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2Physics Quote:
"Today’s most precise time measurements are performed with optical atomic clocks, which achieve a precision of about 10-18, corresponding to 1 second uncertainty in more than 15 billion years, a time span which is longer than the age of the universe... Despite such stunning precision, these clocks could be outperformed by a different type of clock, the so called “nuclear clock”... The expected factor of improvement in precision of such a new type of clock has been estimated to be up to 100, in this way pushing the ability of time measurement to the next level."
-- Lars von der Wense, Benedict Seiferle, Mustapha Laatiaoui, Jürgen B. Neumayr, Hans-Jörg Maier, Hans-Friedrich Wirth, Christoph Mokry, Jörg Runke, Klaus Eberhardt, Christoph E. Düllmann, Norbert G. Trautmann, Peter G. Thirolf
(Read Full Article: "Direct Detection of the 229Th Nuclear Clock Transition"

Sunday, July 12, 2015

Metamaterial Shrinks Integrated-Photonics Devices

Rajesh Menon

Author: Rajesh Menon

Affiliation: Department of Electrical & Computer Engineering, University of Utah, USA.

Integrated electronics is the driving force behind the information revolution of the last 6 decades. A similar revolution is happening in photonics, where devices that manipulate the flow of light (or photons) are being miniaturized and integrated. The main challenge for integrated photonics is that the wavelength of light is far larger than the equivalent wavelength of electrons. This is the main reason that devices fundamental to integrated electronics are significantly smaller than those used in integrated photonics. Furthermore, no one had come up with a way to design devices close to this limit for integrated photonics.

We recently solved this problem by first coming up with a new design algorithm and then experimentally verifying that our devices work as intended [1-3]. One crucial advantage of our method is that our fabrication process is completely compatible with the very mature processes already developed for silicon electronics. This means that we can exploit the vast existing manufacturing infrastructure to enable integrated photonics.

In our recent publication, we demonstrated the smallest polarization beam-splitter to date [1]. This device (shown in the figure below) has 1 input and 2 outputs. The 2 outputs correspond to the 2 linear polarization states of light. The device is designed to take either polarization of light (or both) as the input and separate the 2 polarizations into the 2 outputs. We input light into our device one polarization at a time and measured the transmission efficiency into the correct output. This allowed us to verify that the device performs as designed. This is analogous to separating two channels of communication (for example, a video stream from PBS and another from Netflix). Previously such separation would have required time and power-consuming electronics or if photonics devices were used, they would have been much larger (so much harder to integrate onto a chip).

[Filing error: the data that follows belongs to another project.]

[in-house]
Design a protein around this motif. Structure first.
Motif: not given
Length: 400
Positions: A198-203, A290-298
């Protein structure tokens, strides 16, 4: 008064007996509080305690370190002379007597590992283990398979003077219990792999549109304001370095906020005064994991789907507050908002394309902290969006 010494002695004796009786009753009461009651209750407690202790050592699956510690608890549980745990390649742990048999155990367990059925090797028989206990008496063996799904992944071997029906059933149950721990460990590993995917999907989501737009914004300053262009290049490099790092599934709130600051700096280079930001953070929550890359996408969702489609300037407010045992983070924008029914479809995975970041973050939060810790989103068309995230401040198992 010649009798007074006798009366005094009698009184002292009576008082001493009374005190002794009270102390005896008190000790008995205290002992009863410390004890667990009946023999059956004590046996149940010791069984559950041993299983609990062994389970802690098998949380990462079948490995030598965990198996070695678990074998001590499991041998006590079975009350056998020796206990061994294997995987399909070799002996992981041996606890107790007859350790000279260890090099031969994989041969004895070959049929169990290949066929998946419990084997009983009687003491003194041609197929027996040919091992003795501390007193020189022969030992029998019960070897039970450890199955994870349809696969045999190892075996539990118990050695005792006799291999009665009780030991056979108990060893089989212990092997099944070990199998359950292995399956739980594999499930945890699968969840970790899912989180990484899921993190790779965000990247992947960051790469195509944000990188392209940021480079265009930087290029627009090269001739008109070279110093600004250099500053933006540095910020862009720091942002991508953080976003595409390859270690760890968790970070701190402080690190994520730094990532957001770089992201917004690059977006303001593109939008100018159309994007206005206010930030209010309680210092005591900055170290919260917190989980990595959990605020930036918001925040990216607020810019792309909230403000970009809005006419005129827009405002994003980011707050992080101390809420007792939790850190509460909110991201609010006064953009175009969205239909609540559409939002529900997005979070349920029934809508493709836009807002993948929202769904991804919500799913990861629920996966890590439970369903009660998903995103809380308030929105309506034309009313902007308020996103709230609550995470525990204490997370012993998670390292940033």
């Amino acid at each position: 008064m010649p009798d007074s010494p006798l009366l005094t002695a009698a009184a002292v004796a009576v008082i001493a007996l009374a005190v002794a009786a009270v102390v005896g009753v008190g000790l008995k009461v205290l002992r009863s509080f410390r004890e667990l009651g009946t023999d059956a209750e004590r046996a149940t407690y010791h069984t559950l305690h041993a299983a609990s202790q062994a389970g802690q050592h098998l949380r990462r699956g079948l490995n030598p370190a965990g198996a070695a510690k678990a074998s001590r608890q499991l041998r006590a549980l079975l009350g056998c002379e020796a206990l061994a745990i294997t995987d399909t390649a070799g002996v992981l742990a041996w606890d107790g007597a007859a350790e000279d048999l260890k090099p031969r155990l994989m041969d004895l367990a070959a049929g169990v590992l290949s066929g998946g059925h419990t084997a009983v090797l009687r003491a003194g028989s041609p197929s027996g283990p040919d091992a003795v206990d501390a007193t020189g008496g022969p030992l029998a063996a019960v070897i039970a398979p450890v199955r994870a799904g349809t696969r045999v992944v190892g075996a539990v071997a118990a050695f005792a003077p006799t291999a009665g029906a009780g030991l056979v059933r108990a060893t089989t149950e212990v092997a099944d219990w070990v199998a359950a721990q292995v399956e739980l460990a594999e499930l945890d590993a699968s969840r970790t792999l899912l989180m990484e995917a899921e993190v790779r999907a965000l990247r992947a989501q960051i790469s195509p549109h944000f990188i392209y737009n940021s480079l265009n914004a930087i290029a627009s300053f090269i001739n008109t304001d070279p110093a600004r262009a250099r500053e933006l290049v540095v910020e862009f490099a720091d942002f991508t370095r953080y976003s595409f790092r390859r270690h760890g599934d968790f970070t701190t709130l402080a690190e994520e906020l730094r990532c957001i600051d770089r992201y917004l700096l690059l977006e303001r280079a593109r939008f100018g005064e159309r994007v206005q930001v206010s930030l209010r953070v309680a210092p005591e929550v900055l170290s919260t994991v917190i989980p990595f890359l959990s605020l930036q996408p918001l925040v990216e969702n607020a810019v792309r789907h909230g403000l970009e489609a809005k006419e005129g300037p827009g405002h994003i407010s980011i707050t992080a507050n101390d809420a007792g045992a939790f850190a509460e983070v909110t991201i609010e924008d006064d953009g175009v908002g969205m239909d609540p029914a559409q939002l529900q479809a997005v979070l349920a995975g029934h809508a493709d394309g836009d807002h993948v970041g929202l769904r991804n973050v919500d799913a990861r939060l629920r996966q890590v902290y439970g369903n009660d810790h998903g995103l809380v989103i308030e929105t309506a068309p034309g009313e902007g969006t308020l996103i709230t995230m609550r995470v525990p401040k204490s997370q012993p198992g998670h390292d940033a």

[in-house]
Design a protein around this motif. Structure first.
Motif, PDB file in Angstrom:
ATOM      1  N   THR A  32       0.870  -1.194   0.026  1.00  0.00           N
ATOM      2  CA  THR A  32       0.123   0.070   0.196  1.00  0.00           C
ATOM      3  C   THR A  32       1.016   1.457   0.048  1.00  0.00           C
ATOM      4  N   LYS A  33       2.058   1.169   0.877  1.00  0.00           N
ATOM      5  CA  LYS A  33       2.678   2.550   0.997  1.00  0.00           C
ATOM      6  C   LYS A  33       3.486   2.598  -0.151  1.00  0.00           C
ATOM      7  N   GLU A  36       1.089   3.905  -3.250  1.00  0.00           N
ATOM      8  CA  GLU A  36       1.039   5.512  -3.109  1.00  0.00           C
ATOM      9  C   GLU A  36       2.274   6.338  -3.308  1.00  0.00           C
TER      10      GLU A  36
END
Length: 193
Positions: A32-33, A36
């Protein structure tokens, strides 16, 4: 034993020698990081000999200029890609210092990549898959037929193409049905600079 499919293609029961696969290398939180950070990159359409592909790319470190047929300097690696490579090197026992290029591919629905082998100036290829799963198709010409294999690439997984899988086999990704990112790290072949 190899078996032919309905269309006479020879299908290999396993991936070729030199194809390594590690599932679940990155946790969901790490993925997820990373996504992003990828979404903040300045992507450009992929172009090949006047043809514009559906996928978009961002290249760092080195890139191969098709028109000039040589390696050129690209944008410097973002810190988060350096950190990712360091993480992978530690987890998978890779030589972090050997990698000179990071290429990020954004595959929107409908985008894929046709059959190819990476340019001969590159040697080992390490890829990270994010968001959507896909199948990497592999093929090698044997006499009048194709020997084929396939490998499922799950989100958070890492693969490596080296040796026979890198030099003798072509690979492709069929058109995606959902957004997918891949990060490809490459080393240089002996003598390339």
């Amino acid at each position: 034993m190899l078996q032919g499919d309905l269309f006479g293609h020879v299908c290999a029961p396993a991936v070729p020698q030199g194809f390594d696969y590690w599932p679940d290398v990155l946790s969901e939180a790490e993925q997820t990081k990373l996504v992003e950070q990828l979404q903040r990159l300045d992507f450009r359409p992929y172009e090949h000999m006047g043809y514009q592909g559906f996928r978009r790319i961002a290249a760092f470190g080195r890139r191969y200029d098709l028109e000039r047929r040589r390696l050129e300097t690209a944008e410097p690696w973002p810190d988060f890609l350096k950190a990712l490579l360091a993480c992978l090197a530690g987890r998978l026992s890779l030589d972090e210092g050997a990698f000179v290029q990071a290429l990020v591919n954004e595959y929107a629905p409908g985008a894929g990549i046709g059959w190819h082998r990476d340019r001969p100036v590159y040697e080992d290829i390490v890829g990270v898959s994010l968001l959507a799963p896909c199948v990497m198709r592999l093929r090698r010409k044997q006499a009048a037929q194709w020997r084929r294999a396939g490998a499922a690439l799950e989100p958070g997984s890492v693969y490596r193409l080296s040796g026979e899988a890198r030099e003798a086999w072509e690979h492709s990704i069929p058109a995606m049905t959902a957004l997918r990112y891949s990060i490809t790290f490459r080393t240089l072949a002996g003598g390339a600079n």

Figure 1: (a) Scanning-electron micrograph of fabricated polarization beamsplitter. Simulated intensity distribution at (b) TE polarization and (c) TM polarization showing the separation of the beams.

In the big picture, our research has the potential to maintain Moore's law for photonics. By enabling integrated photonics devices to be much smaller (in fact, close to their theoretical limits), we allow the integration of more devices in the same area (which increases functionality) and also enable the devices to communicate faster (since they are closer together; light has to travel shorter distances). Finally, by packing more devices into the same chip, one also exploits economies of scale to reduce the cost per chip (similar to what has happened in electronics). The practical impact for customers is that one can expect to drastically reduce power consumption and enable faster communications and computing. Data centers today consume over 2% of the total global electricity. Reducing power consumption in data centers and other electronics can go a long way to reduce our CO2 emissions and stem global climate change.

Our vision is to create a library of ultra-compact devices (including beamsplitters, but also other devices) that can then be all connected together in a variety of different ways to enable both optical computing and communications. The first devices were fabricated at a University. Next, we need to fabricate these in a standard process at a company, and then provide this library of devices to designers and hopefully, unleash their creativity. We believe that these devices will usher in unpredictable, but unbelievably exciting applications.

References :
[1] Bing Shen, Peng Wang, Randy Polson, Rajesh Menon, “An integrated-nanophotonic polarization beamsplitter with 2.4 × 2.4 μm2 footprint”, Nature Photonics, 9, 378-382 (2015). Abstract.
[2] Bing Shen, Peng Wang, Randy Polson, Rajesh Menon, “Integrated metamaterials for efficient, compact free-space-to-waveguide coupling”, Optics Express, 22, 27175-27182 (2014). Abstract.
[3] Bing Shen, Randy Polson, Rajesh Menon, “Integrated digital metamaterials enables ultra-compact optical diodes”, Optics Express, 23, 10847-10855 (2015). Abstract.

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